It’s Tax Time. Are You Taking All the Deductions Allowed?

Five words or less(NewsUSA) – Here’s a scary number to keep in mind if you’re just getting your tax receipts together: $1 billion.
No, it’s not the amount that Warren Buffet’s secretary — let alone Buffet personally — paid the IRS in her lifetime. It’s how much taxpayers approximately wind up forfeiting each year to the government because of self-inflicted tax errors like: failing to claim tax credits and deductions legally due them; choosing the wrong filing status; and not bothering to send in a return at all.
Well, guess what? A slew of recent changes in the tax law won’t make things any easier this year.
“At a time when taxpayers are hurting, it really doesn’t make sense to leave money on the table,” says Elaine Smith, master tax advisor at H&R Block, the giant tax preparation firm (
Here are some things — good and bad — to watch out for:
* Casualty losses. Hurricane Irene. Midwest tornadoes. Texas wildfires. Mother Nature went a little nutty last year, and — if the president declared your area a disaster — you could be able to claim your loss as an itemized deduction on your 2011 return or on an amended 2010 one.
* Reduction in the Energy Savings Home Improvement Credit. At its height, this was a 30-percent credit on the cost of high-efficiency windows, furnaces, central AC and the like. It’s now 10 percent. Plus, the maximum lifetime credit went from $1,500 to $500. “That means if you spent a total of $5,000 on IRS-approved upgrades in 2011,” says Smith, “you can claim a $500 credit. Unless, that is, you’d already maxed out in prior years.”
* Expiration of the tax credit for hybrid cars. If you bought a Prius last year, you did so without the feds’ help. However, the green cars du jour — i.e., the electric-drive Chevy Volt and Nissan Leaf — will score you a $7,500 credit. And there are goodies for things like conversion kits, too.
* New cost-basis reporting requirements. Apparently, some of you were inflating the price you paid for stocks to reduce the taxes owed on capital gains. Or at least the government fears that was happening. So look out for a mandatory statement from your broker reporting your “cost basis” for stocks and securities held in taxable accounts — as opposed to 401(k)s and IRAs — that you sold in 2011.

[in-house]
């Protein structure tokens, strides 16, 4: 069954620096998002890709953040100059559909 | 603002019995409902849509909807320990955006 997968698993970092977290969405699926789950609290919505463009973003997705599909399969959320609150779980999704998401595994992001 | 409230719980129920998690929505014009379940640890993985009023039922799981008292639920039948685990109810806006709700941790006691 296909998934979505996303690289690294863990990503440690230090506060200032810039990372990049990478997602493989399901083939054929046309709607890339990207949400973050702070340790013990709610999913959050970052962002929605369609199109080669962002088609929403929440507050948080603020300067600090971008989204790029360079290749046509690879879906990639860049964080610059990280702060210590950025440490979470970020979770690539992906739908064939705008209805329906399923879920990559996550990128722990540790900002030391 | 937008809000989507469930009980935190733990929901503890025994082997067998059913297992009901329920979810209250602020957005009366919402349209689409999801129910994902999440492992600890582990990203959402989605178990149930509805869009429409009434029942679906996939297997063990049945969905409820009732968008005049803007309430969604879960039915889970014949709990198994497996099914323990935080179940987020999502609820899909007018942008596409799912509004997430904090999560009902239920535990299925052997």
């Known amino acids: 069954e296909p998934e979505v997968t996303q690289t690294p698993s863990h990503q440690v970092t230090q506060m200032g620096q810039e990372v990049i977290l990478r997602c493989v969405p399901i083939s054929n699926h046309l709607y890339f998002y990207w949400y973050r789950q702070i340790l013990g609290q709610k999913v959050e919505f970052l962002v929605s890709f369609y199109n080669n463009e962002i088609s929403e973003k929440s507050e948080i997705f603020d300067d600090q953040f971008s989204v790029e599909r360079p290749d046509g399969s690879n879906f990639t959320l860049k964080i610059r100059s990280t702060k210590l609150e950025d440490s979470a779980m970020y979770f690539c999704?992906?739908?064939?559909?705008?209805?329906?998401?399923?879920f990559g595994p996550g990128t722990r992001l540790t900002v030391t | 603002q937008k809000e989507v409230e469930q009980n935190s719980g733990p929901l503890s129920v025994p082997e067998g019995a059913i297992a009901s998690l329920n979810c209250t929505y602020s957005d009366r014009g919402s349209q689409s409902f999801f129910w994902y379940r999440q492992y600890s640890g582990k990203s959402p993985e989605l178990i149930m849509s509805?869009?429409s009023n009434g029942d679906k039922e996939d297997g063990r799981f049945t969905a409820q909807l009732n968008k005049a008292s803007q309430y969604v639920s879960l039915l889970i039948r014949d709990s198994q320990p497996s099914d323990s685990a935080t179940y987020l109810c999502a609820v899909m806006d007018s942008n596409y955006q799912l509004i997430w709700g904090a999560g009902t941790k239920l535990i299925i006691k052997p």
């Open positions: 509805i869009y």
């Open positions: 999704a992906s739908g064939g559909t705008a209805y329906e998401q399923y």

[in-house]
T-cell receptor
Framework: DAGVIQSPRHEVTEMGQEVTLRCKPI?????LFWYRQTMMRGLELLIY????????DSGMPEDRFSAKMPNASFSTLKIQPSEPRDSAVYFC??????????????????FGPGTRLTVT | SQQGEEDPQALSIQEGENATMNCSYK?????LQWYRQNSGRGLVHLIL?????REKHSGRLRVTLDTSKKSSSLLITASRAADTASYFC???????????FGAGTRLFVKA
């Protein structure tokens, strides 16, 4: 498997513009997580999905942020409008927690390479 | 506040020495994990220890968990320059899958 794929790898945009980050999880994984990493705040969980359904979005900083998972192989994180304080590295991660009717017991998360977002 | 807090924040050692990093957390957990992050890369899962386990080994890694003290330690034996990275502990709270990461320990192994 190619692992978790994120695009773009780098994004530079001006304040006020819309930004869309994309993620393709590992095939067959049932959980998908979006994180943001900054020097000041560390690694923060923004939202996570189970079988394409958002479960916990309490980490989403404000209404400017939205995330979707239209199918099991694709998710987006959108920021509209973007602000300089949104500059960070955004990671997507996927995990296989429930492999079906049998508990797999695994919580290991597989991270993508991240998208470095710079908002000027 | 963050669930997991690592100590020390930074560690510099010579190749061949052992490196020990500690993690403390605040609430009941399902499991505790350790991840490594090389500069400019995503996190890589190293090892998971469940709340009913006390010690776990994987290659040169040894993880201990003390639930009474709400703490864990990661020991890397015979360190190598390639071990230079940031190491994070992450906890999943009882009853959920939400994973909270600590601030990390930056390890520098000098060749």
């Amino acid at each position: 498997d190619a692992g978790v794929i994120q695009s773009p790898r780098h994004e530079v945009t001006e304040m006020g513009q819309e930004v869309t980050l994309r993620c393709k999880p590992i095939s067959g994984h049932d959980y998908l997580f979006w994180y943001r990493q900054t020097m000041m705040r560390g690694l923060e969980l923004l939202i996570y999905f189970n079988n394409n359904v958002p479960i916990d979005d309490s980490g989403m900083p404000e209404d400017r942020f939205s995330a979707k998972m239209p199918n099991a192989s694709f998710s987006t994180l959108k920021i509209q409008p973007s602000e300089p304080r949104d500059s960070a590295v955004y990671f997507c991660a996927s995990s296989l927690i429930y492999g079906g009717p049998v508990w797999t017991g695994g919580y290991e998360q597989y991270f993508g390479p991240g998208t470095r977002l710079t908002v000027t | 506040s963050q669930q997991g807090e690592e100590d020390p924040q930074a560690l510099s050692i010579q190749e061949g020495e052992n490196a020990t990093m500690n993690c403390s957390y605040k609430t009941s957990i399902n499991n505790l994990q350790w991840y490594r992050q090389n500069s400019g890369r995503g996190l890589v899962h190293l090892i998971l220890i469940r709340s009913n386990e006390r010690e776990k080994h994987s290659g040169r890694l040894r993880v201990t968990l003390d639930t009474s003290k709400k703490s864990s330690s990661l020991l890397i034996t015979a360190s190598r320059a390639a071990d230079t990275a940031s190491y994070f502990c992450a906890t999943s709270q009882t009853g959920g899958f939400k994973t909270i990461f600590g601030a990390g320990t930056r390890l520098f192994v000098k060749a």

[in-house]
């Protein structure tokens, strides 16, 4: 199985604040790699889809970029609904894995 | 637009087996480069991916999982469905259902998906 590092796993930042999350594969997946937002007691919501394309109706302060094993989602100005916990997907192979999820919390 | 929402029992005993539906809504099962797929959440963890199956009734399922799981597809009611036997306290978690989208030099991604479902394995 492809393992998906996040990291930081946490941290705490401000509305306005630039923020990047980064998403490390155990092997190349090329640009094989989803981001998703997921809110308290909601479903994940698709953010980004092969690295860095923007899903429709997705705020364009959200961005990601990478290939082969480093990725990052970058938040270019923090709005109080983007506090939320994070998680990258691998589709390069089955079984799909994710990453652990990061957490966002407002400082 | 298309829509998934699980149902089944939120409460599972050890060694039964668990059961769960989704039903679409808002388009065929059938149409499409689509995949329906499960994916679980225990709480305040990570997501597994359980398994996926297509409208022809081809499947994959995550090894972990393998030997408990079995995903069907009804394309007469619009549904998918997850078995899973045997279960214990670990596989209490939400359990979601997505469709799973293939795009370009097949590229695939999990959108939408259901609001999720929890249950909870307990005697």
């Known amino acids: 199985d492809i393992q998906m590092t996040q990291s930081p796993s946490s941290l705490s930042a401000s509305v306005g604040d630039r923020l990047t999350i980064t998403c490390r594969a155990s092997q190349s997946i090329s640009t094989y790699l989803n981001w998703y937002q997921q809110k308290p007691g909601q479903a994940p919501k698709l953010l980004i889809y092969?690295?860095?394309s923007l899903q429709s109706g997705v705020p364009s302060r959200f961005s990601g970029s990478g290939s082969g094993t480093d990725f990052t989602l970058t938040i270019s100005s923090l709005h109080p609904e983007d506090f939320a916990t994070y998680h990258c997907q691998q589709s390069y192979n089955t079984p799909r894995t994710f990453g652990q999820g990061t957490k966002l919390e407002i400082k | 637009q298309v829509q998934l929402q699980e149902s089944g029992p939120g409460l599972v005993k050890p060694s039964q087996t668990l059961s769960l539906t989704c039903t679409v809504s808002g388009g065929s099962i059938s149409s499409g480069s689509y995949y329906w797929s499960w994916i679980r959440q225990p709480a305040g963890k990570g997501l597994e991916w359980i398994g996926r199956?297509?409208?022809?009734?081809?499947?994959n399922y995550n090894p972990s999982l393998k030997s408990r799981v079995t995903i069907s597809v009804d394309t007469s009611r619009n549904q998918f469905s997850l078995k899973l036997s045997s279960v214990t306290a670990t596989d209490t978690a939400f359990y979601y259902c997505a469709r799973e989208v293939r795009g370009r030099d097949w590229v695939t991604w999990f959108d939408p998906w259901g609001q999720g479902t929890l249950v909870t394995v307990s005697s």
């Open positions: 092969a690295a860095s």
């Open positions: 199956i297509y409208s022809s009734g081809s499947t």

Of course, with the April 17 filing deadline approaching, those worried about becoming a member of the $1 Billion Club might want to consult a professional like those at H&R Block, which offers in-person services at its retail offices nationwide as well as the only face-to-face online preparation through Block LiveSM.

File an Extension or Need to Amend Your 2009 Return? Don’t Forget These Credits

<b>File an Extension or Need to Amend Your 2009 Return? Don’t Forget These Credits </b>“></td>
<p>(<a href=NewsUSA) – Dozens of new tax laws could impact your 2009 federal taxes. Experts recommend taking extra time and care with this year’s return so you don’t miss out on any tax breaks.

Only the Making Work Pay, energy and American Opportunity credits will be available again for 2010 returns, so take advantage of the other breaks while you can,” advises Jessi Dolmage, spokeswoman for 2nd Story Software, Inc., makers of TaxACT.

1. Get organized. Using TaxACT to file your return by October 15, 2010, or amend your 2009 return. If you’ve filed an extension, you can still prepare, print and e-file your 2009 federal return free with TaxACT Free Federal Edition at If you need to amend your return, you can do that quickly and easily with TaxACT Deluxe.